If you are buying property, your conveyance will more than likely carry out a property search to discover whether your property is affected by an obligation to contribute to the repair of the chancel of the local parish church.
Sounds strange doesn't it? Yet in 2003 the House of Lords awarded the Church £100,000 against unsuspecting home owners.
The origins of this chancel repair obligation derive from medieval times, when every parish had its own priest or rector. The rectors (of around 5,200 churches) by the nature of their clerical status back then, had a number of rights, including the receipt of certain taxes (tithes) or income from the land of the parish (Glebe Land). The cost of repairs to the church was split between the rector (who had this income to use) and his parishioners, with the parishioners traditionally being responsible for the western end of a church (where they sat) and the rector being responsible for repairs to the chancel (the eastern end of a Church).
Since these times, the land has been broken into many thousands of smaller parcels, yet this medieval repairing liability has continued to exist and as mentioned already, has been enforced or claimed by the Church.
Indeed, chancel land is reported as accounting for approximately 40% of all land in England and Wales. As a result conveyancers are quite naturally on guard to protect their clients.
The biggest problem is that a conclusive search for liability is very difficult, as a property need not have been adjacent to a church, and the liability may not have been recorded.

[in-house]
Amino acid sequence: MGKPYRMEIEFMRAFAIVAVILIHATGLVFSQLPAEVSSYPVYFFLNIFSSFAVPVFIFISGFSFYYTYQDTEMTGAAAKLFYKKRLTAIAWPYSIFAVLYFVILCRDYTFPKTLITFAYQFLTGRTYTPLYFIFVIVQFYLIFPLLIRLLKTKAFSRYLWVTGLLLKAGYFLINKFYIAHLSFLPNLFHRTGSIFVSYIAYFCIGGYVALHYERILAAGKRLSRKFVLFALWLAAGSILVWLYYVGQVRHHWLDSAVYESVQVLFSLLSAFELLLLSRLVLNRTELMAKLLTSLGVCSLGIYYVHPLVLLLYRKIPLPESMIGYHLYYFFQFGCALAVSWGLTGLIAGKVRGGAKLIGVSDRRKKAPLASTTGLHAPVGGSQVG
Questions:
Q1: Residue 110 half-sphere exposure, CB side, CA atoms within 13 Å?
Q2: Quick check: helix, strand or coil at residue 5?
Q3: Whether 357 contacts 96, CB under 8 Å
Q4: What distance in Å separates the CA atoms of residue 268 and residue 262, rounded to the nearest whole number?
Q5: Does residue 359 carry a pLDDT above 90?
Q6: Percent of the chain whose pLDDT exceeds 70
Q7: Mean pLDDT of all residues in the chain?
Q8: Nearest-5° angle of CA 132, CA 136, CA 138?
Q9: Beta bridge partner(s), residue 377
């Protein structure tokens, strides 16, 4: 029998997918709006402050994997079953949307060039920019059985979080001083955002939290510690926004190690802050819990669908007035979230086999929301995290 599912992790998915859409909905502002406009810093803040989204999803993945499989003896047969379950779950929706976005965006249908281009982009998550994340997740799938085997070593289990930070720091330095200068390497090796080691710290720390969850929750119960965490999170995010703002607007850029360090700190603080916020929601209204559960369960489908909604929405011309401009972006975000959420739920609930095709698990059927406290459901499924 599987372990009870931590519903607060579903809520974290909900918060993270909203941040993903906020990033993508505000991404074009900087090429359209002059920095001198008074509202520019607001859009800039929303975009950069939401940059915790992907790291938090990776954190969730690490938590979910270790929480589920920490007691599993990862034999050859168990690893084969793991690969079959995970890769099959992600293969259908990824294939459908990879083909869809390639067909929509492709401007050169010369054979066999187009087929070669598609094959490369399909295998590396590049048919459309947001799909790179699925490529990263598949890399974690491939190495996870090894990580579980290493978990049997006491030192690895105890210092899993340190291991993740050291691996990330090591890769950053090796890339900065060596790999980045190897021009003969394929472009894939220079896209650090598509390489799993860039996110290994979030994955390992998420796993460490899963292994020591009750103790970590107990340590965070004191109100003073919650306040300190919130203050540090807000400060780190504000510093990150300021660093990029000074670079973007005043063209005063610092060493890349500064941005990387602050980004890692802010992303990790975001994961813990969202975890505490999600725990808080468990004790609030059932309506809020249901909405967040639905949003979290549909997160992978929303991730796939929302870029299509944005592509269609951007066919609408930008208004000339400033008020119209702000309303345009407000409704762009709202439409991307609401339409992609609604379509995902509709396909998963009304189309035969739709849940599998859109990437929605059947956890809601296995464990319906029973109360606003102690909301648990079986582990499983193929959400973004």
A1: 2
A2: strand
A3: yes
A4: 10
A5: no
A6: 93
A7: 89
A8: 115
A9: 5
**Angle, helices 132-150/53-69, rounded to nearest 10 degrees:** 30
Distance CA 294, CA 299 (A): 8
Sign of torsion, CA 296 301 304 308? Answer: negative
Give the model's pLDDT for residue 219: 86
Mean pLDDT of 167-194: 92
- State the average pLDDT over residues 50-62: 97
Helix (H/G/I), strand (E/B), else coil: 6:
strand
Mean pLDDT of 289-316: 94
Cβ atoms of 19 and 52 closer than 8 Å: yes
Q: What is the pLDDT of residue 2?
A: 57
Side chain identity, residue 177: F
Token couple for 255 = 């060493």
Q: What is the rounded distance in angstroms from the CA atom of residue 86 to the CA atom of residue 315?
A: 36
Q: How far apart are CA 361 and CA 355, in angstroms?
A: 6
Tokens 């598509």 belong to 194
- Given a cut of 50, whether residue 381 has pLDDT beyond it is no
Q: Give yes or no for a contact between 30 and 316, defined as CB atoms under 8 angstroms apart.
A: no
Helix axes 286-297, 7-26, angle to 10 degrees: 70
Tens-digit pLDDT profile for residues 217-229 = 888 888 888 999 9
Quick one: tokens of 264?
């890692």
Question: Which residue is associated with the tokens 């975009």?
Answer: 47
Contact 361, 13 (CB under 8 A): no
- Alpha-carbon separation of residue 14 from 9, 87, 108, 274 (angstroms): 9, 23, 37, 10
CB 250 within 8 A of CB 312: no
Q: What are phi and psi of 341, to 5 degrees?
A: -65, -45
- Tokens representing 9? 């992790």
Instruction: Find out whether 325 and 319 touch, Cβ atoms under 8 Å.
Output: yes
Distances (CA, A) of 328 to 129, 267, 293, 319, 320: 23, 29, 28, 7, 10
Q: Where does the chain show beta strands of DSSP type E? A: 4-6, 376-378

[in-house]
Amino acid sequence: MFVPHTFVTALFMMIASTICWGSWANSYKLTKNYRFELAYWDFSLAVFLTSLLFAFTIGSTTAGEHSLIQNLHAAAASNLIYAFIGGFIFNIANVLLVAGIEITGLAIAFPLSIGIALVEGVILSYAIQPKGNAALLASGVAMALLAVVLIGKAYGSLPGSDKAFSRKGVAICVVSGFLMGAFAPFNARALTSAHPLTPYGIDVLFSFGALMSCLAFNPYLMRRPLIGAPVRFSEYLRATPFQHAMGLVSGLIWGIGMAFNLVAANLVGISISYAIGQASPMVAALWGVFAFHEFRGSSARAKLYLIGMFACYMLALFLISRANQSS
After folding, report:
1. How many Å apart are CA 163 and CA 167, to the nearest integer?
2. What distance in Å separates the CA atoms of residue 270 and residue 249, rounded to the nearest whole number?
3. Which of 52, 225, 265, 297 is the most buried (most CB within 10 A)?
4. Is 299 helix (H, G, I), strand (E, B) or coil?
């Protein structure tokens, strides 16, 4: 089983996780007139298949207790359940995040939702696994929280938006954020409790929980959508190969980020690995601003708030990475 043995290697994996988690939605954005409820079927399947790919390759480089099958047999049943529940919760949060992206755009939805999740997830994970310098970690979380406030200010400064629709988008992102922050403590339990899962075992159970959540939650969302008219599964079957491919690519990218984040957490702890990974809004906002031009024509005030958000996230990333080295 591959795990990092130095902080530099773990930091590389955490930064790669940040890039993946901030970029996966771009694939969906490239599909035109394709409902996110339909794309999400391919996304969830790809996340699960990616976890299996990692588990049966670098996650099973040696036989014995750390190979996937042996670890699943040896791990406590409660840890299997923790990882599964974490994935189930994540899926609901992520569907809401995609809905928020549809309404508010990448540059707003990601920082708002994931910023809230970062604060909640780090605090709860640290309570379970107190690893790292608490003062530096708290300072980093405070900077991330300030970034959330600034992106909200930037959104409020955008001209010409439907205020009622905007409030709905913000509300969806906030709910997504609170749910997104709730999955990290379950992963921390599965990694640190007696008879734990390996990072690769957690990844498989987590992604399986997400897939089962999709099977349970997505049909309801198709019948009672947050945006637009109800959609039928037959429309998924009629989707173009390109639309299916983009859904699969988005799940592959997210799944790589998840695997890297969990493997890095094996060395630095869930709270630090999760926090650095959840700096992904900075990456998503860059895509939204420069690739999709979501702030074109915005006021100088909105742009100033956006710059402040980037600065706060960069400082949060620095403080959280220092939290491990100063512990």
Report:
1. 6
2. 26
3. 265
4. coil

Still further, the Land Registration Act 1925 makes liability for chancel repair binding on a purchaser, whether they have knowledge of the liability or not.
In an attempt to reduce the unfairness (as opposed to an outright abolition), the law was changed on 13 October 2003 so that the right to enforce a chancel repair liability will only be possible if it is registered as a 'Notice' against the property's registered title at the Land Registry. Failure to register this liability within the following 10 years (i.e by 13 October 2013) means that a buyer purchasing land will take free of it. The Government felt that most land would be registered by then anyway. Certainly a good reason to consider a voluntary first registration of your unregistered deeds.
Early fears that the Church might lodge huge numbers of applications to register 'Notices' prior to 13th October 2013 have not materialised. Indeed, the Land Registry are reported to have set various strict criteria for any such 'Notice' to be registered, so that documentary evidence must be provided to detail how the liability arose, and how the benefit of the right to enforce has fallen to the applicant.
In addition, a quick Chancel Repair conveyancing search can be carried out to assess, not whether liability does or does not exist, but the likelihood of exposure to the liability.
To protect our clients, we carry out this Chancel Repair search as a matter of course on all house purchases, as this screens every property at parish level in order to determine whether further action is required before our clients decide to proceed with their purchase. The search is quick and costs less than £20. If the search result reveals any potential risk of liability, we then offer our clients the option of a legal indemnity insurance policy, which can be taken out to cover the risk that the property is ever called upon to pay. The premium is a small amount, and is normally paid by the property owner on a purchase, and covers the property for up to 25 years.